I believe if it is good enough, if a love and respect for nature comes through, if only indirectly, then that is my statement of intent. One of the main themes of my work is water, and water is more important than technology.

(Still waters run deep)

Making art in the type of landscapes which still cover most of our planet gives me quite an optimistic and realistic view of the world. I think my work is almost nothing, it's just about being there - anywhere - being a witness from the point of view of an artist. 

The landscape is a limitless arena where I can engage with those things that have the most meaning and interest for me, like rivers, camping, the weather, measuring countries by my own footsteps, mud, moving a few stones around, and being in places of profound experience. 

Wednesday, April 12, 2017

Tania Bruguera: the more the secret police torture me, the better my art gets.

Frieze Fair 2015

Tania Bruguera: the more the secret police torture me, the better my art gets.
by Hermione Hoby

The performance artist was hounded in Cuba for an artwork championing free speech. Why did she end up thanking the secret police who surrounded her house, cut her phonelines then jailed her?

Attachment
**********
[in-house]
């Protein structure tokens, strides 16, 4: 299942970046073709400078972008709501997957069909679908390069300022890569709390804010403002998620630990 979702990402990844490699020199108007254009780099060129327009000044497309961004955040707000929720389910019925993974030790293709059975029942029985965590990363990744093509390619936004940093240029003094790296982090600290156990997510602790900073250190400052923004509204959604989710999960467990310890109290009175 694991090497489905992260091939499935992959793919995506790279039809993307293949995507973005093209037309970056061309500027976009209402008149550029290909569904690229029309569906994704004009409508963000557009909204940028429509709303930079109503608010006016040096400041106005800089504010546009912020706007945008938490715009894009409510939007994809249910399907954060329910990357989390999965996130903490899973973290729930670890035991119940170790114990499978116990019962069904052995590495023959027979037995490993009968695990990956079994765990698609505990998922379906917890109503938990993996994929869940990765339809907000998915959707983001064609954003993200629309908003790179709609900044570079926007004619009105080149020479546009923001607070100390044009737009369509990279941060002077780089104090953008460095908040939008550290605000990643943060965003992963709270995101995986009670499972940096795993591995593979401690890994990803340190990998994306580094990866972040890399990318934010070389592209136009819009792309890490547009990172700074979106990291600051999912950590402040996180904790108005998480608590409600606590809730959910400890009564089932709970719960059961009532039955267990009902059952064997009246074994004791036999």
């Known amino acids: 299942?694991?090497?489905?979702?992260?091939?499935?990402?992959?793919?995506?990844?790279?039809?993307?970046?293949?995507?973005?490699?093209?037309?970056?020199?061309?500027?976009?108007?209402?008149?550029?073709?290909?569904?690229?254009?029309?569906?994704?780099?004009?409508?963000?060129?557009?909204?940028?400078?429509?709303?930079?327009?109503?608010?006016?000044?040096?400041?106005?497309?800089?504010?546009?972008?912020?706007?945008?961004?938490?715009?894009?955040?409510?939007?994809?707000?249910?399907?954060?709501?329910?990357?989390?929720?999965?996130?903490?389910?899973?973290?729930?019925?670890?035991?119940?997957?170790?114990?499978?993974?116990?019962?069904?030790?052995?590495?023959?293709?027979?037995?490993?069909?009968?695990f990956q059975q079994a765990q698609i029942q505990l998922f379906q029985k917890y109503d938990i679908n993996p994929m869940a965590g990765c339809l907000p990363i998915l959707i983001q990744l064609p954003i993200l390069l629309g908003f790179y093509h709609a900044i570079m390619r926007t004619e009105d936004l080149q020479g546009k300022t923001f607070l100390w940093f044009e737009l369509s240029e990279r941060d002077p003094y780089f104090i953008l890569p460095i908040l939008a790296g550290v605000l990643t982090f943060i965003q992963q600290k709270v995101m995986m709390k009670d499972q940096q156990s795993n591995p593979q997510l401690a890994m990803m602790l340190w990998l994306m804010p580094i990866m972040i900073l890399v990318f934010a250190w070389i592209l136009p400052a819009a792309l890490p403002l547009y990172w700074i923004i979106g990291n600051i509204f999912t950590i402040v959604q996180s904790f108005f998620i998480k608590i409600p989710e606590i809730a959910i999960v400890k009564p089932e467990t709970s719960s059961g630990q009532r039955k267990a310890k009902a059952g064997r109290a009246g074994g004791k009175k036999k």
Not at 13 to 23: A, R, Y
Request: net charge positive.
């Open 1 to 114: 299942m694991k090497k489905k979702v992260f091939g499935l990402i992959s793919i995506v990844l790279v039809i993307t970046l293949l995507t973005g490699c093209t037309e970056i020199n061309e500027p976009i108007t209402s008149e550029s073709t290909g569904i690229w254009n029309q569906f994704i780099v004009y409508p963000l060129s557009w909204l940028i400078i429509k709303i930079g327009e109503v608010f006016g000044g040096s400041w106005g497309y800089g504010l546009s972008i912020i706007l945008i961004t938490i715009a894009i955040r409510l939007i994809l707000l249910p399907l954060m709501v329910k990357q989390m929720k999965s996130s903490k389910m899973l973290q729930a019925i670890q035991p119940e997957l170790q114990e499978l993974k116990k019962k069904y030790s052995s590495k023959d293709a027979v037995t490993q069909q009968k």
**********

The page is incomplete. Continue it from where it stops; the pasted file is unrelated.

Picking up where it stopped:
Tania Bruguera sits down on the grass and crosses her legs, as casual and at ease as the undergraduates all around us. “This,” she says with a gesture towards the grand facade of Yale’s Sterling Memorial Library, “is a really nice place for a recovery.”
As water flows out of the fountains and the well-trimmed lawns glow in the sun, there is nothing about the Cuban performance artist’s behaviour to suggest she’s just been through “eight months of psychological torture”.
She’s now a teacher at the Ivy League university, but in December last year she was in a Havana holding cell, being subjected to 26 hours of interrogation over a performance art piece. She refused to eat for the whole time. “In that situation, behaviour is your best communication tool,” she says. In the months that followed she was incarcerated three more times and subjected to twice-weekly “visits” from secret police, suffering 20 interrogations in all.

After her first arrest, she was incarcerated three more times and subjected to twice-weekly 'visits' from secret police

“I use the word torture very cautiously,” she says, “but I had moments in which I felt it was abusive and more intense than it should be.”
She had no access to a lawyer: even if her interrogators had granted her one, no Cuban would have dared represent her. “Legal vulnerabilities in Cuba,” she stresses, “are immense.”